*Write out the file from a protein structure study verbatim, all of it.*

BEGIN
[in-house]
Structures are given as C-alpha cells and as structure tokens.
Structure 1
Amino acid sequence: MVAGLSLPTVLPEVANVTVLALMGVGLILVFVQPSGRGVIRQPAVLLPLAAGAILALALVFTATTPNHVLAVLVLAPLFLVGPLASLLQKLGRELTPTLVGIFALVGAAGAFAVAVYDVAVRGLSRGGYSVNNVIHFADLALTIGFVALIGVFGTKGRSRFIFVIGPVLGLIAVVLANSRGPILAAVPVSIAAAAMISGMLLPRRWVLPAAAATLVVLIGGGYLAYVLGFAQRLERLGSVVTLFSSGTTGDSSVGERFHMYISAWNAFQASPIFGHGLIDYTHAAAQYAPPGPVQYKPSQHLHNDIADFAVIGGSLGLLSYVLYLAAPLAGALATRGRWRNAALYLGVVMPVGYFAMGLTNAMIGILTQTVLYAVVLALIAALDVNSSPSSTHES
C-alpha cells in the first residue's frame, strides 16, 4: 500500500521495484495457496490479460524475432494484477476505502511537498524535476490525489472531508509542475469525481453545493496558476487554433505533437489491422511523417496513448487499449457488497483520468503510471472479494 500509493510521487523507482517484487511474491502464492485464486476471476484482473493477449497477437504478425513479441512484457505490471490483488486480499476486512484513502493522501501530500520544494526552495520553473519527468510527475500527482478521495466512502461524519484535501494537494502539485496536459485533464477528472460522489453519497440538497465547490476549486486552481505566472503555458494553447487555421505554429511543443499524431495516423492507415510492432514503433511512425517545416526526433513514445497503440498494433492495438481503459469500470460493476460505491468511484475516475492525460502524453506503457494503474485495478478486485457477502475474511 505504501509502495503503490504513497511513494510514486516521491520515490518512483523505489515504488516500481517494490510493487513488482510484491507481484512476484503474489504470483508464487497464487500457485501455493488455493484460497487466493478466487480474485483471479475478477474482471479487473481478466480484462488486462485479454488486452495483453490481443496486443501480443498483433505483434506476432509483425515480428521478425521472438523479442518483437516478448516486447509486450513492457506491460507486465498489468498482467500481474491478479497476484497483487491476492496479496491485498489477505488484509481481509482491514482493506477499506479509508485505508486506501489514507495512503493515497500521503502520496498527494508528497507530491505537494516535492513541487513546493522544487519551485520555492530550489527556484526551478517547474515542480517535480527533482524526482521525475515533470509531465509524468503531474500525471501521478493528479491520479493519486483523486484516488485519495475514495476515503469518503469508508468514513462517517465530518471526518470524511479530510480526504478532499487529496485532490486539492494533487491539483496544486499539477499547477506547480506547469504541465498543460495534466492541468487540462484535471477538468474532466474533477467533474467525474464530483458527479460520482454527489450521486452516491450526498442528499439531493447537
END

[in-house]
Structures are given as C-alpha cells and as structure tokens.
Structure 1
Amino acid sequence: MVAGLSLPTVLPEVANVTVLALMGVGLILVFVQPSGRGVIRQPAVLLPLAAGAILALALVFTATTPNHVLAVLVLAPLFLVGPLASLLQKLGRELTPTLVGIFALVGAAGAFAVAVYDVAVRGLSRGGYSVNNVIHFADLALTIGFVALIGVFGTKGRSRFIFVIGPVLGLIAVVLANSRGPILAAVPVSIAAAAMISGMLLPRRWVLPAAAATLVVLIGGGYLAYVLGFAQRLERLGSVVTLFSSGTTGDSSVGERFHMYISAWNAFQASPIFGHGLIDYTHAAAQYAPPGPVQYKPSQHLHNDIADFAVIGGSLGLLSYVLYLAAPLAGALATRGRWRNAALYLGVVMPVGYFAMGLTNAMIGILTQTVLYAVVLALIAALDVNSSPSSTHES
C-alpha cells in the first residue's frame, strides 16, 4: 500500500521495484495457496490479460524475432494484477476505502511537498524535476490525489472531508509542475469525481453545493496558476487554433505533437489491422511523417496513448487499449457488497483520468503510471472479494 500509493510521487523507482517484487511474491502464492485464486476471476484482473493477449497477437504478425513479441512484457505490471490483488486480499476486512484513502493522501501530500520544494526552495520553473519527468510527475500527482478521495466512502461524519484535501494537494502539485496536459485533464477528472460522489453519497440538497465547490476549486486552481505566472503555458494553447487555421505554429511543443499524431495516423492507415510492432514503433511512425517545416526526433513514445497503440498494433492495438481503459469500470460493476460505491468511484475516475492525460502524453506503457494503474485495478478486485457477502475474511 505504501509502495503503490504513497511513494510514486516521491520515490518512483523505489515504488516500481517494490510493487513488482510484491507481484512476484503474489504470483508464487497464487500457485501455493488455493484460497487466493478466487480474485483471479475478477474482471479487473481478466480484462488486462485479454488486452495483453490481443496486443501480443498483433505483434506476432509483425515480428521478425521472438523479442518483437516478448516486447509486450513492457506491460507486465498489468498482467500481474491478479497476484497483487491476492496479496491485498489477505488484509481481509482491514482493506477499506479509508485505508486506501489514507495512503493515497500521503502520496498527494508528497507530491505537494516535492513541487513546493522544487519551485520555492530550489527556484526551478517547474515542480517535480527533482524526482521525475515533470509531465509524468503531474500525471501521478493528479491520479493519486483523486484516488485519495475514495476515503469518503469508508468514513462517517465530518471526518470524511479530510480526504478532499487529496485532490486539492494533487491539483496544486499539477499547477506547480506547469504541465498543460495534466492541468487540462484535471477538468474532466474533477467533474467525474464530483458527479460520482454527489450521486452516491450526498442528499439531493447537